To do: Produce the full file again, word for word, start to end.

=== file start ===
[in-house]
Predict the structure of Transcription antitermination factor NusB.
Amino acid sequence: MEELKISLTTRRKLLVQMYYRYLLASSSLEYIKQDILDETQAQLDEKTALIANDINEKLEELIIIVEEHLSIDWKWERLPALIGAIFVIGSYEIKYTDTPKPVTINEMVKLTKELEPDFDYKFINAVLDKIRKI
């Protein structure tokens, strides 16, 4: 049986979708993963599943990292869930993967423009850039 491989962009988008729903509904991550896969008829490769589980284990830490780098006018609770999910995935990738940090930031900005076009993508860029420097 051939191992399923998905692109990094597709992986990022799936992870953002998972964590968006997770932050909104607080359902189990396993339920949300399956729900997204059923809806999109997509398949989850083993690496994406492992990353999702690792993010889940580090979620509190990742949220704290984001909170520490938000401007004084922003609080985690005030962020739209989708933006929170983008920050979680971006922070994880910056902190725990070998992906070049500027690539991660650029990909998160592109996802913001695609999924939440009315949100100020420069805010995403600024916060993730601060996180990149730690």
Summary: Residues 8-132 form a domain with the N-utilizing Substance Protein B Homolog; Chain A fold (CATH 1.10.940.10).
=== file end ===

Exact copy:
[in-house]
Predict the structure of Transcription antitermination factor NusB.
Amino acid sequence: MEELKISLTTRRKLLVQMYYRYLLASSSLEYIKQDILDETQAQLDEKTALIANDINEKLEELIIIVEEHLSIDWKWERLPALIGAIFVIGSYEIKYTDTPKPVTINEMVKLTKELEPDFDYKFINAVLDKIRKI
């Protein structure tokens, strides 16, 4: 049986979708993963599943990292869930993967423009850039 491989962009988008729903509904991550896969008829490769589980284990830490780098006018609770999910995935990738940090930031900005076009993508860029420097 051939191992399923998905692109990094597709992986990022799936992870953002998972964590968006997770932050909104607080359902189990396993339920949300399956729900997204059923809806999109997509398949989850083993690496994406492992990353999702690792993010889940580090979620509190990742949220704290984001909170520490938000401007004084922003609080985690005030962020739209989708933006929170983008920050979680971006922070994880910056902190725990070998992906070049500027690539991660650029990909998160592109996802913001695609999924939440009315949100100020420069805010995403600024916060993730601060996180990149730690």
Summary: Residues 8-132 form a domain with the N-utilizing Substance Protein B Homolog; Chain A fold (CATH 1.10.940.10).